Fariña’s efforts for boost professional development for teachers earned praise from King, who said the extra training was a missing piece from implementation of the Common Core learning standards.
“I’ve been pleased that Chancellor Fariña has expressed a strong commitment to, not only the Common Core, but the professional development for teachers that will help to ensure its success,” King said today on the Brian Lehrer Show.
In her first five months on the job, Fariña has revived the Department of Education’s office of professional development and launched a program that encourages principals to share best practices at their respective schools. And next year the city plans to give teachers more training time during the school day, which King had repeatedly advocated for in recent months.
The remarks were King’s latest in a spate of public appearances leading up to Saturday’s 60th anniversary of the Supreme Court’s Brown vs. Board of Education decision. He mostly stayed on message about what he thought was needed to end persistent educational inequalities, including a need to raise learning standards through the Common Core.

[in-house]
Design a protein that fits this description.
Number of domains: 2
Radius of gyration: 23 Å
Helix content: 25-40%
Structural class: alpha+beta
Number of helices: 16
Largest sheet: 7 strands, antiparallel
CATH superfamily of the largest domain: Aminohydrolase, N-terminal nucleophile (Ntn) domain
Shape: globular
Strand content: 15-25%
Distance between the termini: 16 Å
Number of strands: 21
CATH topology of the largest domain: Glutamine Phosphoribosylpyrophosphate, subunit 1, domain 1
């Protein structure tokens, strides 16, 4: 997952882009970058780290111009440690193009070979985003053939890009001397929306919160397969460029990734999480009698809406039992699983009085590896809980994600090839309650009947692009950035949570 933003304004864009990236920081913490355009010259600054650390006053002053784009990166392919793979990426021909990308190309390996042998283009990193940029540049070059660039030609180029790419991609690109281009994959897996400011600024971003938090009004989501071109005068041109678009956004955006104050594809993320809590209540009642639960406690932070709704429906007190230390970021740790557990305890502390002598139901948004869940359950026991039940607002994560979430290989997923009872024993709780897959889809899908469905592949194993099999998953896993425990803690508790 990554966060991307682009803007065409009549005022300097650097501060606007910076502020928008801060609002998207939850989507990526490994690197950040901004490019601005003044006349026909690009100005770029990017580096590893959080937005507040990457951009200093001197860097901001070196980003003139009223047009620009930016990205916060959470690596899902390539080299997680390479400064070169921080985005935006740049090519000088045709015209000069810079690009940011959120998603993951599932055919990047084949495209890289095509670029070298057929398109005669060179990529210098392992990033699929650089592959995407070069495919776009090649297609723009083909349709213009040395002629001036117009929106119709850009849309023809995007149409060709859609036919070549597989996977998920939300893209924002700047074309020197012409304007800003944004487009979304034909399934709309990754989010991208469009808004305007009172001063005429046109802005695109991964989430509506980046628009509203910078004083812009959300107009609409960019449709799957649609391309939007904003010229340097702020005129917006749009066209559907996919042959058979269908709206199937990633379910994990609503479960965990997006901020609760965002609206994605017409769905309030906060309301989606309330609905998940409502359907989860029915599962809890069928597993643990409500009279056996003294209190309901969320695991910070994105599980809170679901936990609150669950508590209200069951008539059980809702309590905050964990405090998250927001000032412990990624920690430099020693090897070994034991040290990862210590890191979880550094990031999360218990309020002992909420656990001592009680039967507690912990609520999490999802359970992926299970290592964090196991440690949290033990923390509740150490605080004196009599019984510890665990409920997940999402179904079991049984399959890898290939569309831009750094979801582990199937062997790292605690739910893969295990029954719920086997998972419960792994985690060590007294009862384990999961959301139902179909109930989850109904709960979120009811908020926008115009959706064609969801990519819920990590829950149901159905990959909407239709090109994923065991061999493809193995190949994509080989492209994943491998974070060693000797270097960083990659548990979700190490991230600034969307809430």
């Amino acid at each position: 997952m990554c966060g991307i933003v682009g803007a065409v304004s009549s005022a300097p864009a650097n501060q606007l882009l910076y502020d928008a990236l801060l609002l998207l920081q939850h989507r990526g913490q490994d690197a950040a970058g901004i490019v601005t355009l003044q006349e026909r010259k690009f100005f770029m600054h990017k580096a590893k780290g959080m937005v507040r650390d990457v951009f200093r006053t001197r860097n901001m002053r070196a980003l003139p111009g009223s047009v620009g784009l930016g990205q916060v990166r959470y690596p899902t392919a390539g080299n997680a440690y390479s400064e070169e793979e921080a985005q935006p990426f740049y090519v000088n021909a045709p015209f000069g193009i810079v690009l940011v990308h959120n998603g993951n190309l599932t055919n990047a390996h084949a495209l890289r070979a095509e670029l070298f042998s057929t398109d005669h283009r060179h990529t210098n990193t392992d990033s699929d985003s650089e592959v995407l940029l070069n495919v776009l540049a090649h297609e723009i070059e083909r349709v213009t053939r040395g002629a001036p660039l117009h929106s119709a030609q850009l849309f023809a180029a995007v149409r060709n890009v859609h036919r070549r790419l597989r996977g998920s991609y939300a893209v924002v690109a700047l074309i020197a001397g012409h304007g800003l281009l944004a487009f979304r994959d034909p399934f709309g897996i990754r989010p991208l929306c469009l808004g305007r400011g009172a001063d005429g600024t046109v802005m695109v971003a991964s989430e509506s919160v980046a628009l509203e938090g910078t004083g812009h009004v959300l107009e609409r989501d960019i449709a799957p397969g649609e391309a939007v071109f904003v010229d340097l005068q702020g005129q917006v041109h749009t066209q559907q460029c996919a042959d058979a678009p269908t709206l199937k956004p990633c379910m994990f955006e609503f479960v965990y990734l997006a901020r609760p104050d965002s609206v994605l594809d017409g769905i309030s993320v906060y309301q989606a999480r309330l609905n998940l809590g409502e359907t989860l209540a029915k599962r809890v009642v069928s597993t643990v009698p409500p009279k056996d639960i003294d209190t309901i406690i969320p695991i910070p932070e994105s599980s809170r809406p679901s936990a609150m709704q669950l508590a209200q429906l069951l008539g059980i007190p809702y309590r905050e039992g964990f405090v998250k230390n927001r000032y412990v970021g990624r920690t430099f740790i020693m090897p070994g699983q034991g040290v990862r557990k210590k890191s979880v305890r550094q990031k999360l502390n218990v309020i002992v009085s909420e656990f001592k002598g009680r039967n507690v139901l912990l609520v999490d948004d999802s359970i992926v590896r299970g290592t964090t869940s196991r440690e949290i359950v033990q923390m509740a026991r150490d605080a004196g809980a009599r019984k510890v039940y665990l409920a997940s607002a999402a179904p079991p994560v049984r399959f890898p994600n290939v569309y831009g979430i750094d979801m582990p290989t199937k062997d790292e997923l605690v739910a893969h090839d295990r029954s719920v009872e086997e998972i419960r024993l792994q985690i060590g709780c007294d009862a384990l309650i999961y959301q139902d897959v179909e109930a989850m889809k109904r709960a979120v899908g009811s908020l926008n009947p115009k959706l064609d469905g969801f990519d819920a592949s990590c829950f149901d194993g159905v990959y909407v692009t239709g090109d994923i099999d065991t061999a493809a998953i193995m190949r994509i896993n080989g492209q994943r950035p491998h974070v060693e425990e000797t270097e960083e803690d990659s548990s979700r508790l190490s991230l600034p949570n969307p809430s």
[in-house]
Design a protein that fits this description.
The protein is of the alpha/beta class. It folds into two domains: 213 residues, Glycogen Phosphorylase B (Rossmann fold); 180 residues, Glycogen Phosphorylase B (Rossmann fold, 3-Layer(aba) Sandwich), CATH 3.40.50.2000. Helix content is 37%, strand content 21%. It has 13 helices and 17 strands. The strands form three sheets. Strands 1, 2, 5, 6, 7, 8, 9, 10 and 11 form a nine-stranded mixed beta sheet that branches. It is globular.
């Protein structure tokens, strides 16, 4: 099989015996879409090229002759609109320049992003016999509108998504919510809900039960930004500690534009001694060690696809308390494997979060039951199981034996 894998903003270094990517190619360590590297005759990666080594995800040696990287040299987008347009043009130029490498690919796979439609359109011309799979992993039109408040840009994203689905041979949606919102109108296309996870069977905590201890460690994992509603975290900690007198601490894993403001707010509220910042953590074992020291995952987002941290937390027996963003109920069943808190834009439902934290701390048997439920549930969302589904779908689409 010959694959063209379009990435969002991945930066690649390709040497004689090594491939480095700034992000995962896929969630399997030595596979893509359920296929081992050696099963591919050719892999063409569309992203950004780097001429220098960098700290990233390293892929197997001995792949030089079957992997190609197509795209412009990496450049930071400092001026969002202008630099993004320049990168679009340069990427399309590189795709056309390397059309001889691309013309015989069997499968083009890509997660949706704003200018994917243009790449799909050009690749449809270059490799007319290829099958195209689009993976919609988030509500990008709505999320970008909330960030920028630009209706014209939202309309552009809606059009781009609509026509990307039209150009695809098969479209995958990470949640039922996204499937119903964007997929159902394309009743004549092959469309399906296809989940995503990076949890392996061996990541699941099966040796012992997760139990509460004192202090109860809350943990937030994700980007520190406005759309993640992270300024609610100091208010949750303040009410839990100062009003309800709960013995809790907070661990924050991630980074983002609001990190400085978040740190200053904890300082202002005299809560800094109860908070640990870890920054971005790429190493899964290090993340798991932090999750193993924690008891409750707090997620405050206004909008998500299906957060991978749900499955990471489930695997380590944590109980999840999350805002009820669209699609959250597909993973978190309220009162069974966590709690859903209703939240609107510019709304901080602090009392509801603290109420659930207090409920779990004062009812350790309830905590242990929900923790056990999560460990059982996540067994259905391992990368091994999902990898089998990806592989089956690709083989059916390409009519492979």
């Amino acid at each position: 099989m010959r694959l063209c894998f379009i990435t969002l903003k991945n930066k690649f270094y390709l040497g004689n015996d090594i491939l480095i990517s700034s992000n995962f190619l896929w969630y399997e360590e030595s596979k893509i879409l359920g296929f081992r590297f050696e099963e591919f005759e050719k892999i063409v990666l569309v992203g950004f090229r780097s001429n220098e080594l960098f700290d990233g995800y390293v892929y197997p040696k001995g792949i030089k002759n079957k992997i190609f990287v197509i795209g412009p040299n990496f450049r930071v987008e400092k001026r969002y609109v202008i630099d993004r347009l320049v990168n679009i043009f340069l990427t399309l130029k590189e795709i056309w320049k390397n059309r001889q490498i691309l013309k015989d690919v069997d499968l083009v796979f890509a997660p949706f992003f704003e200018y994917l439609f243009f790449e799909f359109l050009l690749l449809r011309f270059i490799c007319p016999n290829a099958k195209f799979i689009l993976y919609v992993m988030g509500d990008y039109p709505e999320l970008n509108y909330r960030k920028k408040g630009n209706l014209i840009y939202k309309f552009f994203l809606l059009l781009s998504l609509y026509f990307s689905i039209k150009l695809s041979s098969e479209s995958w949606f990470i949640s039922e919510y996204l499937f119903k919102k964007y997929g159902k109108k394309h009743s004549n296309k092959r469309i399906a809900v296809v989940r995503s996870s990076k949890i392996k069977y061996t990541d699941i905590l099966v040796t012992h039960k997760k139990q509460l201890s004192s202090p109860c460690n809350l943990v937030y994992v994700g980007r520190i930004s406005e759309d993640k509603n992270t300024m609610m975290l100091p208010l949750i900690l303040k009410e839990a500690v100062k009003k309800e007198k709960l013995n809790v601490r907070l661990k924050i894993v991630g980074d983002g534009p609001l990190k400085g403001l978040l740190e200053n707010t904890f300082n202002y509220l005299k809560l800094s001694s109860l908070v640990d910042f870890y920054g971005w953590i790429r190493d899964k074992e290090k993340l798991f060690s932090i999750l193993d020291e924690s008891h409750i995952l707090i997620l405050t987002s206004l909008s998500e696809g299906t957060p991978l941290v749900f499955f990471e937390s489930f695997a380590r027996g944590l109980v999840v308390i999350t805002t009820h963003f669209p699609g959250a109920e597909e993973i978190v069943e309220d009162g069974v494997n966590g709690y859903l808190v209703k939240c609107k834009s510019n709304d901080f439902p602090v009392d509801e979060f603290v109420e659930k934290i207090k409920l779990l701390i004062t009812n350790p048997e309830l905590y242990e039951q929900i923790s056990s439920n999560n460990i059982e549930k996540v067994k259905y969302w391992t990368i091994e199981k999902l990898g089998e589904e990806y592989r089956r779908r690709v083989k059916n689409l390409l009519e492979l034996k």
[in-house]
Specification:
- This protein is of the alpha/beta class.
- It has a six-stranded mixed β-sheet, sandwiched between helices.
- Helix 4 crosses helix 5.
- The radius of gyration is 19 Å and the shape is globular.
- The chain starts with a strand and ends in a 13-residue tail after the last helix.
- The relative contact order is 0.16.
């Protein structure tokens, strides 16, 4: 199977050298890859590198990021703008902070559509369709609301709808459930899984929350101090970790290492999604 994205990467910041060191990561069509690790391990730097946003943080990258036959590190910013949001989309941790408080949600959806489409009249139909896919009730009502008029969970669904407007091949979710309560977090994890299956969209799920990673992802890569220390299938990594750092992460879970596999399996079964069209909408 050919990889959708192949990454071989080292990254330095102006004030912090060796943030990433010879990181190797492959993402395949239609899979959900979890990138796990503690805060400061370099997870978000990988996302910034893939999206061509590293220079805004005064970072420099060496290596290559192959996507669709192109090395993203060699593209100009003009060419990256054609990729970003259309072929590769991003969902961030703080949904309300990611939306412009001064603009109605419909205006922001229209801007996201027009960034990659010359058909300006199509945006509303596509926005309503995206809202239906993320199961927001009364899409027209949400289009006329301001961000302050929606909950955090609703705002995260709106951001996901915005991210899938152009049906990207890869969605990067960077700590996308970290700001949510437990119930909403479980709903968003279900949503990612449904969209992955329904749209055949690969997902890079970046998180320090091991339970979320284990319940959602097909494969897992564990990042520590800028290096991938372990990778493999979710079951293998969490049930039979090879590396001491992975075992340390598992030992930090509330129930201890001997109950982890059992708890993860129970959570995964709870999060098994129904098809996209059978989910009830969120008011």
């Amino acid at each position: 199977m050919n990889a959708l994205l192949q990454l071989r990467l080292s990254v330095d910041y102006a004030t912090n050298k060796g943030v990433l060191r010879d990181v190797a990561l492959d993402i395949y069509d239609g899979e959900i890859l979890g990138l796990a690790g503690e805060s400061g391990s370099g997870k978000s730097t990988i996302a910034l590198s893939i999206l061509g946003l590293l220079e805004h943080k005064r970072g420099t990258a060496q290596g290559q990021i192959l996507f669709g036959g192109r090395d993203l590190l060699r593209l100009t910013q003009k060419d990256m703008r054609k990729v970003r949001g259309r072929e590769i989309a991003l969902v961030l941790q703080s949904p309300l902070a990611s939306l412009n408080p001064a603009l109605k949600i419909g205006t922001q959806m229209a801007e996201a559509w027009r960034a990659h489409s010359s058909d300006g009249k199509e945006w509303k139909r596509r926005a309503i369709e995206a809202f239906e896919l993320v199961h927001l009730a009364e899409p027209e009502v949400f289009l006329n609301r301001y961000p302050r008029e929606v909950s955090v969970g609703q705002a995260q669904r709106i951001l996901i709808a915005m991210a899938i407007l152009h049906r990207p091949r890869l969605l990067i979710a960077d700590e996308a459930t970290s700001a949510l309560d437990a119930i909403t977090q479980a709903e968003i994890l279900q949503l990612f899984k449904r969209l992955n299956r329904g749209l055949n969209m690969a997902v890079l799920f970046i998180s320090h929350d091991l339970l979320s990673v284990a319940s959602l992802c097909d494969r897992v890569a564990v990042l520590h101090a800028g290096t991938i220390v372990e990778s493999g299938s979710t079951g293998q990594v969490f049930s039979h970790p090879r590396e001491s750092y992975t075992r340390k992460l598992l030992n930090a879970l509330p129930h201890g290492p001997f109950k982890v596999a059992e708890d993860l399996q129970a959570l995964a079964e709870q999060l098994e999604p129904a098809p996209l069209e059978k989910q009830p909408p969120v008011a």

Critics have argued King has moved too quickly by basing high-stakes tests on the standards. This week, King likened the criticism to rejecting values that were enshrined in the 1954 Supreme Court case, which ruled that educational segregation was unconstitutional and compelled public schools to integrate along race and other demographic lines.
Brian Lehrer pushed back against that comparison on Friday, saying that some of the same groups that have criticized the state’s Common Core policies have a long history of civil rights activism.
“Are you saying that opponents of the Common Core approach, which includes some real campaigners for social justice, are racist?” Lehrer asked.